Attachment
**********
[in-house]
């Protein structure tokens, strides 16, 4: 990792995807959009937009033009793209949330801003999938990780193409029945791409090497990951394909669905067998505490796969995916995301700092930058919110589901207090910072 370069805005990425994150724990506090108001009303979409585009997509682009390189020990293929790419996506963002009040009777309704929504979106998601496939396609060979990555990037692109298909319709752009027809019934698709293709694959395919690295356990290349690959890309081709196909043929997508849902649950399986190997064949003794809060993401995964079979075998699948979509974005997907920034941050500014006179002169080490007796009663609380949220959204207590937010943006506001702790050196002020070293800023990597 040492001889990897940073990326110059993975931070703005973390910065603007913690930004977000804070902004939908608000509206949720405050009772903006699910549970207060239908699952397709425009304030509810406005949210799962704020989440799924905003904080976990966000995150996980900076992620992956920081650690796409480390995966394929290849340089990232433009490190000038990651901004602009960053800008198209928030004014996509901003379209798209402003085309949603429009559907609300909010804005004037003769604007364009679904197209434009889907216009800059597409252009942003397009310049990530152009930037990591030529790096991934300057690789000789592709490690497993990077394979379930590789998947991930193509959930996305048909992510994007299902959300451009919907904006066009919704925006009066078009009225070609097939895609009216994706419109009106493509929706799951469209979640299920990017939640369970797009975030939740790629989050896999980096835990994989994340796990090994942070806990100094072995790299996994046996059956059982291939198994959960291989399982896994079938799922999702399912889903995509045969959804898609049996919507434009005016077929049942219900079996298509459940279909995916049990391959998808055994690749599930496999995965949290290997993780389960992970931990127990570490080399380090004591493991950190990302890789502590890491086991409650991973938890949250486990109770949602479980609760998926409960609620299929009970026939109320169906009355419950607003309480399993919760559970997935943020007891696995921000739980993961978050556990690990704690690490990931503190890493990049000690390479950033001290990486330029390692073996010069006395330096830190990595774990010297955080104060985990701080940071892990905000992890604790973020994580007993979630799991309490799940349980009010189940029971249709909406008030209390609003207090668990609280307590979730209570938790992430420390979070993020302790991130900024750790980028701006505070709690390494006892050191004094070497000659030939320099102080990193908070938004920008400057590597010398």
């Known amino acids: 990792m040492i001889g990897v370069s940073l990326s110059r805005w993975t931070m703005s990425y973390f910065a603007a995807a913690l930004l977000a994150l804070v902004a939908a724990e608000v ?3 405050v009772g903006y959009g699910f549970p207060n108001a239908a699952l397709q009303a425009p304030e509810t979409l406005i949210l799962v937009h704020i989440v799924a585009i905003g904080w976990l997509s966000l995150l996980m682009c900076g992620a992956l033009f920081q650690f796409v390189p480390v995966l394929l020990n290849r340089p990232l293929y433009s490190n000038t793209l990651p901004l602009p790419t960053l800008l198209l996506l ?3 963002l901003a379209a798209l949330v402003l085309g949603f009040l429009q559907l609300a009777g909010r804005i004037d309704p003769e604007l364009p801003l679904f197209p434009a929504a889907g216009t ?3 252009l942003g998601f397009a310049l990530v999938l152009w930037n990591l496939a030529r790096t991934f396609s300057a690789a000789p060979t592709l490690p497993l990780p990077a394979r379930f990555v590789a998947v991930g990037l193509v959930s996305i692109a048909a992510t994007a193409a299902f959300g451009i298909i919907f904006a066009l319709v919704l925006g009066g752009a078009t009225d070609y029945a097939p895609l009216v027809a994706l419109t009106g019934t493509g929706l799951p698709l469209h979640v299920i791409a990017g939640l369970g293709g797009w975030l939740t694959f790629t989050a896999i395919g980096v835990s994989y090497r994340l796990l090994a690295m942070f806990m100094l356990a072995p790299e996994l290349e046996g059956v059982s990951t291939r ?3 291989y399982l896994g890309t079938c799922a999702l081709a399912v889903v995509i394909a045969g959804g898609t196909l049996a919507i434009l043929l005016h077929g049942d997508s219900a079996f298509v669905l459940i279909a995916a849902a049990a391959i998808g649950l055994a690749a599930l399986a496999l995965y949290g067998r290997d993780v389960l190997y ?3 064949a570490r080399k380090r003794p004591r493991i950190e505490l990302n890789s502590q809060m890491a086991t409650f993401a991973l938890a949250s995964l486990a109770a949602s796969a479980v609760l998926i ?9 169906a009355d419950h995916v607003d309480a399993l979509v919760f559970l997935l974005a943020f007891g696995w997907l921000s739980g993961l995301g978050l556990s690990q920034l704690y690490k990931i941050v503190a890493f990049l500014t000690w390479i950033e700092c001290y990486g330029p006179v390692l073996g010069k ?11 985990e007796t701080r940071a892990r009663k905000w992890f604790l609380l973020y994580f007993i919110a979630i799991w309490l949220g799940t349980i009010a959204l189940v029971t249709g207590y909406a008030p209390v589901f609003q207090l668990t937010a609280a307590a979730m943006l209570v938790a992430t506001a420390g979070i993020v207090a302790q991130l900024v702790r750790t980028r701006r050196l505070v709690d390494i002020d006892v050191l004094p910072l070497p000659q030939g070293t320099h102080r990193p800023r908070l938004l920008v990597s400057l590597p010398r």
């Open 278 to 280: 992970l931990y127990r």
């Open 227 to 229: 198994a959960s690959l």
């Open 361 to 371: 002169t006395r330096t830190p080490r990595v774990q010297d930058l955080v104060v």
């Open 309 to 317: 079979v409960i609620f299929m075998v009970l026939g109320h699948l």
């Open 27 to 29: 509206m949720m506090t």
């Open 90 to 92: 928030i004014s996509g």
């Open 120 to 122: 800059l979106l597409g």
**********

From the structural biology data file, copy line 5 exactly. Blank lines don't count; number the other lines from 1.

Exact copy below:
């Open 227 to 229: 198994a959960s690959l």